How A Classic Star Trek: The Next Generation Episode Quotes Akira Kurosawa To Explore Commander Riker's Sexual Politics

(Welcome to Yesterday's Enterprises, a series where we explore every corner of the vast "Star Trek" universe. In this edition: What does "A Matter of Perspective" say about Riker's sexual politics?)

As a commander, Captain Kirk (William Shatner) was, in the original "Star Trek" series, something of a level-headed, military-minded leader. Although the character eventually gained a pop culture reputation of being a ladies' man and a regular violator of the Prime Directive, when it comes to his command style, Kirk was often depicted as clear-thinking, serious, and unwilling to accept guff from anyone, even itinerant gods and omnipotent aliens. He approached problems with the eye of a tactician. Very occasionally, Spock (Leonard Nimoy) or Scotty (James Doohan) would take control of the Enterprise, and audiences would see how their command styles greatly differed from Kirk's. Spock pursued problems logically, but needed to learn to accept input from his follow officers. Scotty, meanwhile, was always ready to start a fight. 

When Captain Picard (Patrick Stewart) was introduced on "Star Trek: The Next Generation," audiences witnessed a new kind of command style. Picard was stern, professorial, and relentlessly professional. His decisions and ethics were resolute, but Picard always asked for input from his entire crew. He spent just as much time in the conference room as he did on the bridge. A Trekkie might agree that running themes of differing command styles didn't become a core part of the franchise until "The Next Generation" explored Picard, and, for the purposes of this artle, Commander Riker (Jonathan Frakes).

Riker's 'jovial' command style

A running story throughout "Next Generation" is Riker's careerism. He was the first officer aboard the Enterprise-D, and it was made explicit from the show's start that Riker was quite interested in commanding his own ship. Riker's interactions with Picard and with the Enterprise crew whetted viewers' imaginations as to what kind of a captain Riker would make. Riker's command style is described rather bluntly in the NextGen episode "Peak Performance" (July 10, 1989) wherein a visiting tactician named Kolrami (Roy Brocksmith) questioned the first officer's casualness and jocund nature. In Riker's defense, Picard says not to confuse Riker's style with his intent. "The test is whether the crew will follow where Commander Riker leads," Picard says. "His joviality is the means by which he creates that loyalty. And I will match his command style with your statistics anytime."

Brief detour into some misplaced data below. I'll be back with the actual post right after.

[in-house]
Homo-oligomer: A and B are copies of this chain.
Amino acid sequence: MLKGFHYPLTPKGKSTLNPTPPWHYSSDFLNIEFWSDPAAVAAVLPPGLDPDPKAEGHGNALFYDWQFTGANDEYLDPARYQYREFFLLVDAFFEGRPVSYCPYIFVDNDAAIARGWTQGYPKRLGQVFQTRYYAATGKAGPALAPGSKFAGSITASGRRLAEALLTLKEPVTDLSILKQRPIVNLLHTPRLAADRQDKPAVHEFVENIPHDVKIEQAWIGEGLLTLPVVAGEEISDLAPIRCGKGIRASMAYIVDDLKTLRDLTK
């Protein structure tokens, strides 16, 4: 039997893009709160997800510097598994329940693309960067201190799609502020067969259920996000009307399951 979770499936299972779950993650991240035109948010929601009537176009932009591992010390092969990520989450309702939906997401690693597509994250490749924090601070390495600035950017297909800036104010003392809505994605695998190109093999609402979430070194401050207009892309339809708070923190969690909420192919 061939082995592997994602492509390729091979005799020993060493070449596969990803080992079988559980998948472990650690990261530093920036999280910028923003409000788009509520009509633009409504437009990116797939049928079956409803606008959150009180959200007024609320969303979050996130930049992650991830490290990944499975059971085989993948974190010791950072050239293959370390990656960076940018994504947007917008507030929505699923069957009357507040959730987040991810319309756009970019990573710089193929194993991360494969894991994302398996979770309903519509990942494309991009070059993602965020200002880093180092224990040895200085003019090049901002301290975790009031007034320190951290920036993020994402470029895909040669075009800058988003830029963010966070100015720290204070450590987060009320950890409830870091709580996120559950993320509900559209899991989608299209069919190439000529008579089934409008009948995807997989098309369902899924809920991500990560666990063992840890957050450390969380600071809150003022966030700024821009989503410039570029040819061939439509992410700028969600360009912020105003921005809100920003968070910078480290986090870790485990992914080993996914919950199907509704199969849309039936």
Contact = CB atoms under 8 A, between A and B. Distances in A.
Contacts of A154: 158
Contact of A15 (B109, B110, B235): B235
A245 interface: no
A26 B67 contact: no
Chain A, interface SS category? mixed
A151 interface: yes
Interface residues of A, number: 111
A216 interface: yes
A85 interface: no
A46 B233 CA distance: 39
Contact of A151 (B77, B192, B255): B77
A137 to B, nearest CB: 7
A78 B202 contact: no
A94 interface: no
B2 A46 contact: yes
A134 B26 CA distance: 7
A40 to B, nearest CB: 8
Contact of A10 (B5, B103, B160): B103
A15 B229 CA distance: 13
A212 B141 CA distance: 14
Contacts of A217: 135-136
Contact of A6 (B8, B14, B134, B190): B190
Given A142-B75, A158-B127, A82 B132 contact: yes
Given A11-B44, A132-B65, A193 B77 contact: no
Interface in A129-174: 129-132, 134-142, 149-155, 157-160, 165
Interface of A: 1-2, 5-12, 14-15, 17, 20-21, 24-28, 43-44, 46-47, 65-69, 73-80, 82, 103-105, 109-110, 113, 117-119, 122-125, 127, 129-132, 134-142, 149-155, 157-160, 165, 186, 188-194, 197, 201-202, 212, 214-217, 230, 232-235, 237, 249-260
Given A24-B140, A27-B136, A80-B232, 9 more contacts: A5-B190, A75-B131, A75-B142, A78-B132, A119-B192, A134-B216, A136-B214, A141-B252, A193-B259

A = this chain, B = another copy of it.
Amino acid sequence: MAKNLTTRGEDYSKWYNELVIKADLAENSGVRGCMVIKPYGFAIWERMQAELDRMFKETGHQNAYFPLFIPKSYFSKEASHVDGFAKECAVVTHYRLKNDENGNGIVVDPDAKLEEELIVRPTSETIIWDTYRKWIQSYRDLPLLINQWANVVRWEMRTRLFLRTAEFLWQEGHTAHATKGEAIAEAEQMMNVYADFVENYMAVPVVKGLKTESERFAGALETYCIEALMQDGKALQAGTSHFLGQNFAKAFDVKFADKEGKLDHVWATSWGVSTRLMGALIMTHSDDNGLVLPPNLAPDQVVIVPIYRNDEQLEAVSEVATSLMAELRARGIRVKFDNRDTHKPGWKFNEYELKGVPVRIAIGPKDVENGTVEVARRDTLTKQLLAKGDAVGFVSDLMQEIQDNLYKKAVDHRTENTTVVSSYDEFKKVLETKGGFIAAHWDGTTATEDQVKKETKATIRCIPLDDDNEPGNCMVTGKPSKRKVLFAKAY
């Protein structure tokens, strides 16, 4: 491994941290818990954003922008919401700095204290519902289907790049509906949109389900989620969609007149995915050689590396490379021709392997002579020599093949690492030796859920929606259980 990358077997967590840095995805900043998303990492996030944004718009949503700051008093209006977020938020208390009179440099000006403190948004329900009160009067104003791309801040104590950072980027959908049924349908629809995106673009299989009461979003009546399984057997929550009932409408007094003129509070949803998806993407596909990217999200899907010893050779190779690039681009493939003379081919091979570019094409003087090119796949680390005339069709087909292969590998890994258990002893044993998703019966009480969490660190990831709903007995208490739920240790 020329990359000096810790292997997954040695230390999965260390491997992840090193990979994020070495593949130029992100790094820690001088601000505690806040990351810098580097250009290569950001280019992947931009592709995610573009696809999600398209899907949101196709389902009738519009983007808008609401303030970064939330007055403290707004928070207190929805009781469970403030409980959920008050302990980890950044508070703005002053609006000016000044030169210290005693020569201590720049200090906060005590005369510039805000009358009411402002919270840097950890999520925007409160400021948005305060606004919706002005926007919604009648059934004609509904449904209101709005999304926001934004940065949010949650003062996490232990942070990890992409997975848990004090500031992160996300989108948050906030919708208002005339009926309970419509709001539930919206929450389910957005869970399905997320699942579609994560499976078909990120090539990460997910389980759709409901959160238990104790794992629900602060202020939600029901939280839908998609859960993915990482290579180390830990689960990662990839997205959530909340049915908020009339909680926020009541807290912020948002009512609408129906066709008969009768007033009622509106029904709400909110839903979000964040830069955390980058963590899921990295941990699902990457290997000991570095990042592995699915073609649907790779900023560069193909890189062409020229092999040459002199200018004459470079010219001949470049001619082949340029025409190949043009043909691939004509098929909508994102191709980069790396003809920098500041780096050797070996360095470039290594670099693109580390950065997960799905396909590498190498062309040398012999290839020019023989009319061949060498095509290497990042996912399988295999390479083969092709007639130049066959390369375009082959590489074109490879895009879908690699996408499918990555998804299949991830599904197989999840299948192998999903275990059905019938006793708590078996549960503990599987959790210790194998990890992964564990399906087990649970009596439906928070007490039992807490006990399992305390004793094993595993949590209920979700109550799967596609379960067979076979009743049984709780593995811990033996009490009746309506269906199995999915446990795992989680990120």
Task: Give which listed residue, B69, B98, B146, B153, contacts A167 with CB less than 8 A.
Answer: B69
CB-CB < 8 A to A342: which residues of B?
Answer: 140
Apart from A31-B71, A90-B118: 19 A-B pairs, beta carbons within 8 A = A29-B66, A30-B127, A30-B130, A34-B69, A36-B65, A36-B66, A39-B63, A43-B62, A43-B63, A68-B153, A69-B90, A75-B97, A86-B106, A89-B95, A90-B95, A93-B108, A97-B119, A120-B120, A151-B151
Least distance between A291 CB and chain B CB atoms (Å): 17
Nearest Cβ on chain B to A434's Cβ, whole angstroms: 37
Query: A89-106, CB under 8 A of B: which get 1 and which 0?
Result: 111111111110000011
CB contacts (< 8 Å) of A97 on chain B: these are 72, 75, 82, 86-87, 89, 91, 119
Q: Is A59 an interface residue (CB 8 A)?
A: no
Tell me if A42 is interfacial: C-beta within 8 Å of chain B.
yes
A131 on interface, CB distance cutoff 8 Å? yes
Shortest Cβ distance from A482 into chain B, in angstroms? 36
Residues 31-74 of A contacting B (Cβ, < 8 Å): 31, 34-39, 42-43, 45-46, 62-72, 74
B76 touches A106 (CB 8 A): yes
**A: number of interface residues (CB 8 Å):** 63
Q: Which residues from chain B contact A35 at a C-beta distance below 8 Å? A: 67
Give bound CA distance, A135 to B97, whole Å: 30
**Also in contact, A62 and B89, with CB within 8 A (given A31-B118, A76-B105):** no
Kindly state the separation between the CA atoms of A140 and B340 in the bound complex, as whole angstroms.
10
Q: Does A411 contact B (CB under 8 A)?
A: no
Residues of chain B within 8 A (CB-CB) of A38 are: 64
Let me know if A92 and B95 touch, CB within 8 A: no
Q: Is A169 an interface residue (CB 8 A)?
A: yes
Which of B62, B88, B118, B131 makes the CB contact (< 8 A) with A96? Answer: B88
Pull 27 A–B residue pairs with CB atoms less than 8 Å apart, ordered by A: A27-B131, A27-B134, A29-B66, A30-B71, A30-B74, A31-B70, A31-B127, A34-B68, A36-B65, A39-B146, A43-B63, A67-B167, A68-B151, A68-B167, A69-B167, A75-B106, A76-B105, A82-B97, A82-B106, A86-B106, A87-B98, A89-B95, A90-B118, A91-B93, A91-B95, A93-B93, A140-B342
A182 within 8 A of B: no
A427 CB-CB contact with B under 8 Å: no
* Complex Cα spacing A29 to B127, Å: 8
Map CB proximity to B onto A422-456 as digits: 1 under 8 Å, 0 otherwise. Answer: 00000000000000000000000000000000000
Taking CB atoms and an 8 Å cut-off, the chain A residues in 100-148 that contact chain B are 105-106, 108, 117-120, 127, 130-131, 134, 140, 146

After that, it was codified: Riker was a jovial leader. He plays poker with his inferior officers, plays the trombone in bars, smiles and — and this is the kicker — flirts a lot. There are several episodes wherein Riker visits other worlds, and makes flirty overtures with presidents and dignitaries ("Angel One" and "Justice" come to mind). Riker is, in fact, the "ladies' man" that Kirk was reputed to be.

One might say that Riker's tendency to flirt is also part of the above-mentioned "joviality." While he never speaks it explicitly, Riker seems to feel that "friendliness" and sexuality are a major part of diplomatic relations. One can easily negotiate a peace treaty, it seems, over a cocktail and a few winks. 

This philosophy, however, had Riker facing a (sadly not fully explored) existential crisis in the episode "A Matter of Perspective" (February 12, 1990). 

'A Matter of Perspective'

'A Matter of Perspective' is a murder mystery episode that takes its storytelling cues from Akira Kurosawa's celebrated 1950 film "Rashomon." After a scientist named Nel Apgar (Mark Margolis) dies in a space station explosion, Riker immediately becomes the prime suspect in his murder. When Picard refuses to extradite Riker into the custody of the investigating officer Krag (Craig Richard Nelson), they agree to investigate the matter together. Using the Enterprise's holodeck, each witness in the case can "play back" their version of events. Naturally, no two perspectives are the same.